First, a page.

The slightly less technical problem is the one of player tutorials being everywhere.  This however, doesn't need to happen nearly as much as you'd think.

Almost every stinking game I've played has a section where you have to test your first spell or skill on a training dummy, and there's no reason for it.  Half of the MMORPGs I've played also suffer from Glorified Exterminator Syndrome at low levels, where the player has to just go out and kill 20 rats.  Half of this nonsense can be eliminated.  Even if you are brand new to the world of MMOs, you don't need that much hand-holding.  "Click to attack, press the number keys for special stuff" is basically a combat tutorial for 90% of MMORPGs.  The tricky things for MMORPGs are those oddly specific mechanics like crafting which a non-gamer might not readily understand.  But everyone can understand "click on the enemy to kill them."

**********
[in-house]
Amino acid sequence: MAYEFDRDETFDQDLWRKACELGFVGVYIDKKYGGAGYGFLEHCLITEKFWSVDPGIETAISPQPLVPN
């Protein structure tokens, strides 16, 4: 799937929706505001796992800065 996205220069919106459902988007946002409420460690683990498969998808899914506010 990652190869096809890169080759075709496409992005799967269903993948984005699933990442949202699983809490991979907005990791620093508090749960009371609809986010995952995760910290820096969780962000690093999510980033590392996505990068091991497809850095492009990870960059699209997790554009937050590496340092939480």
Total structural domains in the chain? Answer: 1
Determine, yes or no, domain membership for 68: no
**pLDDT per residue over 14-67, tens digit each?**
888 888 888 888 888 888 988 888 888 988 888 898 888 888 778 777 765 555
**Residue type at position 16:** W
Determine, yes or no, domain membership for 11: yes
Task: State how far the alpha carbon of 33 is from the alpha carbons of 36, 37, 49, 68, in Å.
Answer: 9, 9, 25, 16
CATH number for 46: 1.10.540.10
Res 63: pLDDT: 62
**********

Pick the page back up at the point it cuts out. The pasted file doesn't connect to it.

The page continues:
But, let's suppose for the sake of argument that we really do need those early tutorials.  Do it basically the way DCUO does it:  the tutorial sequence is the same for everyone, and then the player gets placed in their individual starting location after the first ten minutes.  It's not ideal, but it's an example to go by.  And if that must be done, making it skippable would be better.  No need for hand-holding the fifth time you play.